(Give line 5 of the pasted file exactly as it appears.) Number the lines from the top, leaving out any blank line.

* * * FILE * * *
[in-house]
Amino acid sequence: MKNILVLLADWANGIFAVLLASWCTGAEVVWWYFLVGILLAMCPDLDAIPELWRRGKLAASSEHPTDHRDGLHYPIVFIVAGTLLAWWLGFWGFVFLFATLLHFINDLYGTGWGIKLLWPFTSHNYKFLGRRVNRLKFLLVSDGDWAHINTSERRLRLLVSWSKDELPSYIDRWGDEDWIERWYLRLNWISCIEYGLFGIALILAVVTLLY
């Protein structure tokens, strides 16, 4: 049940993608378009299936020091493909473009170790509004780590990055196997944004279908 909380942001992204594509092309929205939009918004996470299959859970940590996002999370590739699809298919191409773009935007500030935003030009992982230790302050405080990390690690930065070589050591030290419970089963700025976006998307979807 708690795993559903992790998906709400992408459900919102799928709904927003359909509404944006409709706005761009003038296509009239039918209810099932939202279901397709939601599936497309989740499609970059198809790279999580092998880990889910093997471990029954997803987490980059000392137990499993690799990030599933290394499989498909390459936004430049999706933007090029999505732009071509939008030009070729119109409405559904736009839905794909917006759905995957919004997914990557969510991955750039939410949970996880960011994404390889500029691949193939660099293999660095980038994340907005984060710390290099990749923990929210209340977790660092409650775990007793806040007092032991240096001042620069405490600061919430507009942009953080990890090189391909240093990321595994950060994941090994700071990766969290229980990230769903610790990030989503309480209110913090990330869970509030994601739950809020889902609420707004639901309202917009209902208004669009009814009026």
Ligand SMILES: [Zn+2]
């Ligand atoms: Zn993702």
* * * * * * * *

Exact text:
């Ligand atoms: Zn993702």